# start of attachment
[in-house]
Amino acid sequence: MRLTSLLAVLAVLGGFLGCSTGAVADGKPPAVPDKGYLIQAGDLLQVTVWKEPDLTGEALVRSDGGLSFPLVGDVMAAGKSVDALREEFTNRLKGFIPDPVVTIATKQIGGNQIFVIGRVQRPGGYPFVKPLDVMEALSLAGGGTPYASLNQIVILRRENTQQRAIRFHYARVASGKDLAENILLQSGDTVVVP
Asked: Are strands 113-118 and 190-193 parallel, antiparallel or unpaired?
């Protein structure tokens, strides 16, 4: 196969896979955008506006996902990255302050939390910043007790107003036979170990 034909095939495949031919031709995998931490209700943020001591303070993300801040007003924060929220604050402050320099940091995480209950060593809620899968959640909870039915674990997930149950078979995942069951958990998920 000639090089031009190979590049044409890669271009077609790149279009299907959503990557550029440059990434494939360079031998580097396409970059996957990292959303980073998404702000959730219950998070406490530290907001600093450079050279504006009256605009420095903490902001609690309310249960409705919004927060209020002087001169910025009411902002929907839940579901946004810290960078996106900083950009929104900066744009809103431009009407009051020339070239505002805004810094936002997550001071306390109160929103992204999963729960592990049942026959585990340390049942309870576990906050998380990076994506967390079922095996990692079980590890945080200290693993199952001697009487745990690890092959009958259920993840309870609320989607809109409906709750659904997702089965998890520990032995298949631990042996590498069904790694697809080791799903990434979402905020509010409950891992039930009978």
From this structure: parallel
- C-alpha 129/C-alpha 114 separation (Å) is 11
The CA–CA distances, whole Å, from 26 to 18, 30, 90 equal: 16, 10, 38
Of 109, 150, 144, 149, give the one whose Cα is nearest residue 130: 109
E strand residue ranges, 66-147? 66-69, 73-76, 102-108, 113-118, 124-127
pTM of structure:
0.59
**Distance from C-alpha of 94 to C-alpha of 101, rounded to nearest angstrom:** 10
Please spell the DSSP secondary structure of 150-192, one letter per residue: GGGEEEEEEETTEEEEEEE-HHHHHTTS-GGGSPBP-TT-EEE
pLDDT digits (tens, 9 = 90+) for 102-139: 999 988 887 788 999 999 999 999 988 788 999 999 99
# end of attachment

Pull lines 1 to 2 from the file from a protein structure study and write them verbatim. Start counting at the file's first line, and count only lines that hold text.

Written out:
[in-house]
Amino acid sequence: MRLTSLLAVLAVLGGFLGCSTGAVADGKPPAVPDKGYLIQAGDLLQVTVWKEPDLTGEALVRSDGGLSFPLVGDVMAAGKSVDALREEFTNRLKGFIPDPVVTIATKQIGGNQIFVIGRVQRPGGYPFVKPLDVMEALSLAGGGTPYASLNQIVILRRENTQQRAIRFHYARVASGKDLAENILLQSGDTVVVP